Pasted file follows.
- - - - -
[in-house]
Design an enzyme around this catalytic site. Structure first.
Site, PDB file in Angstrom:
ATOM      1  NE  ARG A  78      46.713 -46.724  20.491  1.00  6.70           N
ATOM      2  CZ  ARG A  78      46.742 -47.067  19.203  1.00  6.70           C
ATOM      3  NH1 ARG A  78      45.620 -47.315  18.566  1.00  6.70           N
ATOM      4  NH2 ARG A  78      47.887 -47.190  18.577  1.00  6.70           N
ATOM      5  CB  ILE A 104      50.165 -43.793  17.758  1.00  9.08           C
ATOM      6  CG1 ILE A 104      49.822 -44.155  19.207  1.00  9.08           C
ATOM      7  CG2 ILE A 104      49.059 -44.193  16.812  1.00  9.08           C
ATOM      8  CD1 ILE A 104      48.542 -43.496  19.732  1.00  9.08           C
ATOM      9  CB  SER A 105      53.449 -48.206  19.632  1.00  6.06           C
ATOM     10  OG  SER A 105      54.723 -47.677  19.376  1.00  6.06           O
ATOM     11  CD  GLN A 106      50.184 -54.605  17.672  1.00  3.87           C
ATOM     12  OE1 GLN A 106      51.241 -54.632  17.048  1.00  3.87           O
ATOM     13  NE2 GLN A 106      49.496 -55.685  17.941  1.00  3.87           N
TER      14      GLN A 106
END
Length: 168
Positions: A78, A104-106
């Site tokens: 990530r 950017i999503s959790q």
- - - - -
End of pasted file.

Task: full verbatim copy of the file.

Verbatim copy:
[in-house]
Design an enzyme around this catalytic site. Structure first.
Site, PDB file in Angstrom:
ATOM      1  NE  ARG A  78      46.713 -46.724  20.491  1.00  6.70           N
ATOM      2  CZ  ARG A  78      46.742 -47.067  19.203  1.00  6.70           C
ATOM      3  NH1 ARG A  78      45.620 -47.315  18.566  1.00  6.70           N
ATOM      4  NH2 ARG A  78      47.887 -47.190  18.577  1.00  6.70           N
ATOM      5  CB  ILE A 104      50.165 -43.793  17.758  1.00  9.08           C
ATOM      6  CG1 ILE A 104      49.822 -44.155  19.207  1.00  9.08           C
ATOM      7  CG2 ILE A 104      49.059 -44.193  16.812  1.00  9.08           C
ATOM      8  CD1 ILE A 104      48.542 -43.496  19.732  1.00  9.08           C
ATOM      9  CB  SER A 105      53.449 -48.206  19.632  1.00  6.06           C
ATOM     10  OG  SER A 105      54.723 -47.677  19.376  1.00  6.06           O
ATOM     11  CD  GLN A 106      50.184 -54.605  17.672  1.00  3.87           C
ATOM     12  OE1 GLN A 106      51.241 -54.632  17.048  1.00  3.87           O
ATOM     13  NE2 GLN A 106      49.496 -55.685  17.941  1.00  3.87           N
TER      14      GLN A 106
END
Length: 168
Positions: A78, A104-106
């Site tokens: 990530r 950017i999503s959790q």